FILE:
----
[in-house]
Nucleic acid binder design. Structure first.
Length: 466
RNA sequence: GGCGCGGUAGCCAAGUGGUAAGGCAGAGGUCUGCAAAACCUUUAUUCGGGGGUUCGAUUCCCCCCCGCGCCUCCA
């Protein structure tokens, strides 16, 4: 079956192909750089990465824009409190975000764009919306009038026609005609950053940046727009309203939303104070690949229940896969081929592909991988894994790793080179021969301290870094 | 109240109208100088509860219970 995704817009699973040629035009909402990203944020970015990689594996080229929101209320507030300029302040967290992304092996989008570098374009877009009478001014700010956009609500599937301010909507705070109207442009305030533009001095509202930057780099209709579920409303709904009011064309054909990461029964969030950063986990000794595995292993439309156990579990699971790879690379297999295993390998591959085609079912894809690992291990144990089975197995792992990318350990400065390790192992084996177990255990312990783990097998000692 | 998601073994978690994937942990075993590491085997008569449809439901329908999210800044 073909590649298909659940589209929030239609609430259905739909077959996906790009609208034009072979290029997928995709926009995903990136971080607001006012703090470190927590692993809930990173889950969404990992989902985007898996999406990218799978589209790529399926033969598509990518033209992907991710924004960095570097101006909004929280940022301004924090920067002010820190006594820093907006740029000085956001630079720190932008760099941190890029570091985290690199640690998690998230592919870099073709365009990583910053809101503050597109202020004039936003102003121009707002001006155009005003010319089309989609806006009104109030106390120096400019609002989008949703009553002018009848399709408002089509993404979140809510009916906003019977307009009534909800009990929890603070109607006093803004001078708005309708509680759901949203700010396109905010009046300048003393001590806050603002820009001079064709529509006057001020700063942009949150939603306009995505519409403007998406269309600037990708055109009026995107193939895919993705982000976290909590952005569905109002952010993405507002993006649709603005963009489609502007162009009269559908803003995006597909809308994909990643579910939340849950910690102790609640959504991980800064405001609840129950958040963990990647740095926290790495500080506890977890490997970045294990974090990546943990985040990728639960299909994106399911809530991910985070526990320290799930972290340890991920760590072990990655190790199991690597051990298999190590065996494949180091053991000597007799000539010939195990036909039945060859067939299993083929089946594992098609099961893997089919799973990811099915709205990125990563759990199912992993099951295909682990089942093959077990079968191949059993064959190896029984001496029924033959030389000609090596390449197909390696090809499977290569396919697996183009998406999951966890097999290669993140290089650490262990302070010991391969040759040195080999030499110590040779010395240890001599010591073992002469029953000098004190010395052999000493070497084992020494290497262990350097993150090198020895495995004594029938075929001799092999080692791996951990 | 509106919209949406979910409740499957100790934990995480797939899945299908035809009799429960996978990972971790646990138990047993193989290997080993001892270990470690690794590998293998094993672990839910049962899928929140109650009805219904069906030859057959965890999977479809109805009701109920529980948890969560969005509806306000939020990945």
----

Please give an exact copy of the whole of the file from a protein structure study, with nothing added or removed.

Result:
[in-house]
Nucleic acid binder design. Structure first.
Length: 466
RNA sequence: GGCGCGGUAGCCAAGUGGUAAGGCAGAGGUCUGCAAAACCUUUAUUCGGGGGUUCGAUUCCCCCCCGCGCCUCCA
């Protein structure tokens, strides 16, 4: 079956192909750089990465824009409190975000764009919306009038026609005609950053940046727009309203939303104070690949229940896969081929592909991988894994790793080179021969301290870094 | 109240109208100088509860219970 995704817009699973040629035009909402990203944020970015990689594996080229929101209320507030300029302040967290992304092996989008570098374009877009009478001014700010956009609500599937301010909507705070109207442009305030533009001095509202930057780099209709579920409303709904009011064309054909990461029964969030950063986990000794595995292993439309156990579990699971790879690379297999295993390998591959085609079912894809690992291990144990089975197995792992990318350990400065390790192992084996177990255990312990783990097998000692 | 998601073994978690994937942990075993590491085997008569449809439901329908999210800044 073909590649298909659940589209929030239609609430259905739909077959996906790009609208034009072979290029997928995709926009995903990136971080607001006012703090470190927590692993809930990173889950969404990992989902985007898996999406990218799978589209790529399926033969598509990518033209992907991710924004960095570097101006909004929280940022301004924090920067002010820190006594820093907006740029000085956001630079720190932008760099941190890029570091985290690199640690998690998230592919870099073709365009990583910053809101503050597109202020004039936003102003121009707002001006155009005003010319089309989609806006009104109030106390120096400019609002989008949703009553002018009848399709408002089509993404979140809510009916906003019977307009009534909800009990929890603070109607006093803004001078708005309708509680759901949203700010396109905010009046300048003393001590806050603002820009001079064709529509006057001020700063942009949150939603306009995505519409403007998406269309600037990708055109009026995107193939895919993705982000976290909590952005569905109002952010993405507002993006649709603005963009489609502007162009009269559908803003995006597909809308994909990643579910939340849950910690102790609640959504991980800064405001609840129950958040963990990647740095926290790495500080506890977890490997970045294990974090990546943990985040990728639960299909994106399911809530991910985070526990320290799930972290340890991920760590072990990655190790199991690597051990298999190590065996494949180091053991000597007799000539010939195990036909039945060859067939299993083929089946594992098609099961893997089919799973990811099915709205990125990563759990199912992993099951295909682990089942093959077990079968191949059993064959190896029984001496029924033959030389000609090596390449197909390696090809499977290569396919697996183009998406999951966890097999290669993140290089650490262990302070010991391969040759040195080999030499110590040779010395240890001599010591073992002469029953000098004190010395052999000493070497084992020494290497262990350097993150090198020895495995004594029938075929001799092999080692791996951990 | 509106919209949406979910409740499957100790934990995480797939899945299908035809009799429960996978990972971790646990138990047993193989290997080993001892270990470690690794590998293998094993672990839910049962899928929140109650009805219904069906030859057959965890999977479809109805009701109920529980948890969560969005509806306000939020990945």